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Same-Sex Relationships in Shakespeare's "Twelfth Night, Or What You Will"

Updated on May 5, 2014
William Shakespeare; copper engraving of Shakespeare by Martin Droeshout
William Shakespeare; copper engraving of Shakespeare by Martin Droeshout | Source

Unsatisfied Love In Shakespeare's "Twelfth Night"

In Shakespeare’s entertaining romantic comedy “Twelfth Night, Or What You Will,” the reader encounters many types of love and relationships, as well as happy endings for three lucky couples. We see Sir Toby marry Maria, Olivia wed Sebastian, and Orsino happily committed to Viola. Despite the humorous love triangle that had developed over the play, no one was hurt in the end, and everyone got their happy ending—or so it seems. Upon the conclusion of the play it is interesting to ponder over the unsatisfied feelings that must be present within the same-sex relationships that had formed within the play. In each pairing there is a third person who, given the nature of human emotions, should feel some discontent at the outcome of the marriage, two of those relationships being homoerotic in nature. It would be expected for Sir Andrew, Antonio, and Olivia to all feel a bit displaced and unsatisfied with the apparent happy endings that conclude the play.

 Poster for performances of William Shakespeare's play "Twelfth Night," performed by the Yale University Dramatic Association in 1921
Poster for performances of William Shakespeare's play "Twelfth Night," performed by the Yale University Dramatic Association in 1921 | Source

Olivia's Love Relationships In "Twelfth Night"

In the play we see Olivia fall for Viola dressed as Cesario, after months of having sworn off men. Viola did not encourage this, but Olivia was drawn to her anyway. Why is this? Olivia did not fall in love with a man; she unknowingly fell in love with the woman that Cesario was. It was after Cesario’s speech in act 1.5 lines 254-62, that we see Olivia’s love take forth. Viola’s passionate words, spoken with the power of her own love for Orsino resonated with Olivia and captured her heart. Olivia falls hard for Viola, for her passionate speech and quick wit, “thy tongue thy face, thy limbs, actions, and spirit/ Do give the fivefold blazon (1.5.279-80). It is not Viola’s face, but Viola herself that Olivia has fallen for.

Olivia by Edmund Blair Leighton
Olivia by Edmund Blair Leighton | Source

Suddenly Olivia finds herself with Sebastian—who shares the face of her love Cesario—but is a completely different person. Sebastian is very masculine, he is quick to fight, and holds a personality very different than that of Cesario. We see little of Sebastian, but what we do see is a masculine man who fights well and marries Olivia even though he knows she has him mistaken for someone else. It seems the honorable thing to do would have been to explain to Olivia that he was not Cesario, but he was of course captivated by the lady Olivia. “Or I am mad, or else this is a dream. / Let fancy still my sense in Lethe steep; / if it be thus to dream, still let me sleep!” (4.2.58-60).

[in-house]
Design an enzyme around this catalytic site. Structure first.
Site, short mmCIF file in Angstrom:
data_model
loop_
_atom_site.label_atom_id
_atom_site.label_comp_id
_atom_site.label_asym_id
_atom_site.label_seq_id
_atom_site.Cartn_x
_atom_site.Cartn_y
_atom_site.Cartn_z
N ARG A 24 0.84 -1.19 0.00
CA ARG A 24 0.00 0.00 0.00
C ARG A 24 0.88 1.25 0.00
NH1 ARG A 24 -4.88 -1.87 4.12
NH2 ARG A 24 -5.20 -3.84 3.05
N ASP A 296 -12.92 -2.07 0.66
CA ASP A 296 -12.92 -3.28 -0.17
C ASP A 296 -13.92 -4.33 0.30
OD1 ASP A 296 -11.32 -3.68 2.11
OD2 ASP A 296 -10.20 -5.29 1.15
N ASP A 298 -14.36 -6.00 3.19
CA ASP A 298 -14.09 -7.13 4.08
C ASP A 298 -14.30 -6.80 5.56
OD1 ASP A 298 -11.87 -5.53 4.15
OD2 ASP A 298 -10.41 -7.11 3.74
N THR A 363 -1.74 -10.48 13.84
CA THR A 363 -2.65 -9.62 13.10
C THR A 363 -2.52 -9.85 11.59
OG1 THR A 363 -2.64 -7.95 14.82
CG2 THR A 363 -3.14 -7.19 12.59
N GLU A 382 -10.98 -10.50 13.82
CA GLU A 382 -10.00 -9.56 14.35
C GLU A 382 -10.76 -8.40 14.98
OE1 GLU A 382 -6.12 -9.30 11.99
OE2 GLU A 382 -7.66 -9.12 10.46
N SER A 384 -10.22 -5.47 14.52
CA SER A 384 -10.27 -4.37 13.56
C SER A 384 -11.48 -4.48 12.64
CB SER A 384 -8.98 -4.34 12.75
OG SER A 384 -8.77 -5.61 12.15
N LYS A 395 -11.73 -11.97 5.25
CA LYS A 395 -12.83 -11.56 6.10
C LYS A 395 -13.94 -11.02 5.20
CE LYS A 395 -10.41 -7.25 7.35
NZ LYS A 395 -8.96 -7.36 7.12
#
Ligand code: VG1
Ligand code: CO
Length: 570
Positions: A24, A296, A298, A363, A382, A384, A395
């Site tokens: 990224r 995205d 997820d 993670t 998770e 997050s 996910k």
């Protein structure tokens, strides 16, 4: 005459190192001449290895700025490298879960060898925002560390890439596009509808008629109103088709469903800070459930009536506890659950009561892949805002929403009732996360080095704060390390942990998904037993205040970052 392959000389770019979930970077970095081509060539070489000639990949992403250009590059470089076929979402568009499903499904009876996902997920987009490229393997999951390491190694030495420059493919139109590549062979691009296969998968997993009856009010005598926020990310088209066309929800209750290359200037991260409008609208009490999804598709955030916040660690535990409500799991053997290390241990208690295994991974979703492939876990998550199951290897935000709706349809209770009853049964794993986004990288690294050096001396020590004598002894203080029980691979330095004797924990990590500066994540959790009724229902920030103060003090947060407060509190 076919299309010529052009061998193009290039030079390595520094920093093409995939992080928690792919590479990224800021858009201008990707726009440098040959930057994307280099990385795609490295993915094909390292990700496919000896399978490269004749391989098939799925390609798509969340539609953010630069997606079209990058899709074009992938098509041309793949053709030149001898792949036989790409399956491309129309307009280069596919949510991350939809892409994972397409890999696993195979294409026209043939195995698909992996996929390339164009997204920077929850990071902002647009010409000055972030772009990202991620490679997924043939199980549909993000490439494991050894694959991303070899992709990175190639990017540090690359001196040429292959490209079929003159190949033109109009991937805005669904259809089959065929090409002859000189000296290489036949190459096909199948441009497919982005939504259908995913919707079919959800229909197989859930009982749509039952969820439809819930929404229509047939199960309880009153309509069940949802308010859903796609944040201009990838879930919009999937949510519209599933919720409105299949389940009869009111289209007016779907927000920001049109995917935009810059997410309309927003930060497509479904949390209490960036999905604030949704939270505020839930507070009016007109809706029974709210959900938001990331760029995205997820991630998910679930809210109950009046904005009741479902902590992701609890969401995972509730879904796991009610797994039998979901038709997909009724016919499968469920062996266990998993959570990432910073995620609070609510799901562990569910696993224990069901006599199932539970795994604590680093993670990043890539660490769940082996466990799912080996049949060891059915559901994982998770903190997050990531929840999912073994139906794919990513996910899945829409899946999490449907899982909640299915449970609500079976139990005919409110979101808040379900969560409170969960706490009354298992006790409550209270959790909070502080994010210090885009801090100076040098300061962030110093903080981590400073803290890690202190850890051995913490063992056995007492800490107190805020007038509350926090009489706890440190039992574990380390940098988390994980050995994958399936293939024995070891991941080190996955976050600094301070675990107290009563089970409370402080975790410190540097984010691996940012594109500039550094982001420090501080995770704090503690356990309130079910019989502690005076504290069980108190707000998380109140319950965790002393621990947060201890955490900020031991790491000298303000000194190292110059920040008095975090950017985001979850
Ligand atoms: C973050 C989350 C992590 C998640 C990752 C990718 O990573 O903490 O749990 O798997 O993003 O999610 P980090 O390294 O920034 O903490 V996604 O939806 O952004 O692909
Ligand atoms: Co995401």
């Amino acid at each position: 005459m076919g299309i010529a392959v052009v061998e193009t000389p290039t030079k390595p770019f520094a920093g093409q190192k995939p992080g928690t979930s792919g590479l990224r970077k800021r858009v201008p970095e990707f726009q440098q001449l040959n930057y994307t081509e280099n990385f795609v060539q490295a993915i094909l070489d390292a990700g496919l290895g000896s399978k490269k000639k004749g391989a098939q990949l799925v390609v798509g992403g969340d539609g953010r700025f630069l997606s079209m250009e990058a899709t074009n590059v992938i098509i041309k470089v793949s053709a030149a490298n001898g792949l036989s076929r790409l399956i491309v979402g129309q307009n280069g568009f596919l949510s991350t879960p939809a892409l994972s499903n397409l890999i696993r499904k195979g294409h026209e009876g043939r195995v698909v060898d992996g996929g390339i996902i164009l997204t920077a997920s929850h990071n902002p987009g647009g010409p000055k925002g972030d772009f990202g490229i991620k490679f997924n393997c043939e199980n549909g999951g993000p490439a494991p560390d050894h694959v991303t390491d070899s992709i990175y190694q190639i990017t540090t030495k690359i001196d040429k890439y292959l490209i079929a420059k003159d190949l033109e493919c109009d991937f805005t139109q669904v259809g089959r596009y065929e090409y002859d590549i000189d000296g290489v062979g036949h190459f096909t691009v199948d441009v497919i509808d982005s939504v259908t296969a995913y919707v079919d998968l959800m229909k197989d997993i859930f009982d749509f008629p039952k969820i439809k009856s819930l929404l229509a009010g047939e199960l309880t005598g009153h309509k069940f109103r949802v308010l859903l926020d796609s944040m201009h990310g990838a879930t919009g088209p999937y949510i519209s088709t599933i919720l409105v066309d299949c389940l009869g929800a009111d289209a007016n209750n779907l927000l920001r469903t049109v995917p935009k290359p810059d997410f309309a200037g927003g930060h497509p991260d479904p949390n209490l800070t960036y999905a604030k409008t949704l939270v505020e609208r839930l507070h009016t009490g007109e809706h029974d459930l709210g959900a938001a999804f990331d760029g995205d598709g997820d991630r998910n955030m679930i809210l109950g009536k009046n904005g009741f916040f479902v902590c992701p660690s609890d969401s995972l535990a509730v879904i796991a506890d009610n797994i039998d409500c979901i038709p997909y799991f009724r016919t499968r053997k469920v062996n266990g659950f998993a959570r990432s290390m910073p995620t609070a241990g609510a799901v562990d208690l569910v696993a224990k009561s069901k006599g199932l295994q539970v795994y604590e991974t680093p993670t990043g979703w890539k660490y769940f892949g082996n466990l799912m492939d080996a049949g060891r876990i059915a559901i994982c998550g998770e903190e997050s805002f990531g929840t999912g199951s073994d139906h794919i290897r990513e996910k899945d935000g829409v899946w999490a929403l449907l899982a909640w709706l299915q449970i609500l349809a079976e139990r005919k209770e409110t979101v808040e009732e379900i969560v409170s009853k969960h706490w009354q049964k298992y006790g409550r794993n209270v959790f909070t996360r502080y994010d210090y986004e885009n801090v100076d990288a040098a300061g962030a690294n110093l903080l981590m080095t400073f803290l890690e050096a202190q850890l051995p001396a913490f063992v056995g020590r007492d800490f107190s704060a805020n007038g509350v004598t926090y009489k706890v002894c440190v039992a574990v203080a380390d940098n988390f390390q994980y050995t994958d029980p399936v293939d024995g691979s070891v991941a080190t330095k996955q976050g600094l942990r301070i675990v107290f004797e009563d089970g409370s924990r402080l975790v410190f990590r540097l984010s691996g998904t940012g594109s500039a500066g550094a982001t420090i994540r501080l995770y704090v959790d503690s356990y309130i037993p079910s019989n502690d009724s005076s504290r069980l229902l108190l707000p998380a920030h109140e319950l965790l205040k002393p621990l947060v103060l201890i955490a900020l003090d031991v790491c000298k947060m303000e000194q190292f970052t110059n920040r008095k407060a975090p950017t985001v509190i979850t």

In the end Olivia is married to a stranger with the person she really loves becoming her new sister—a likely scenario for emotional turmoil, but we see none from her. The only lines we see pertaining to Viola and Sebastian from Olivia are “Most wonderful!” (5.1.223), and “A sister! You are she” (5.1.323). One can only assume that a scenario such as this would create great feelings of disappointment in Olivia—after all, the person she really loves is not the person she married, but is instead her soon to be sister-in-law.

Antonio's Devotion to Sebastian in "Twelfth Night"

It would seem that Antonio may also feel displaced and unhappy at the end of the play, with the marriage of Sebastian and Olivia. Throughout the play in the scenes with Antonio and Sebastian it becomes evident that these men have become dear friends. It is clear that Antonio feels some commitment for Sebastian, and eagerly persuades him to take him on as a servant. This is seen in Act 2.1 as the two men discuss their journey, as Antonio states, “If you will not murder me for my love, let me be your servant” (2.1.31-32). This choice of wording seems to hint to the reader that the love Antonio feels may be taboo—that he could be murdered for it. Sebastian’s response also displays the tender emotions that they seem to feel for each other. “My bosom is full of kindness, and I am yet so near the manners of my mother that, upon the least occasion more, mine eyes will tell takes of me” (2.1.35-37). These lines indicate a closeness created between the men since Antonio saved Sebastian from his death. There are more such indicators of a love present between the two throughout the text. The fact that Antonio is willing to risk his life from his enemies by staying close to Sebastian also says as much.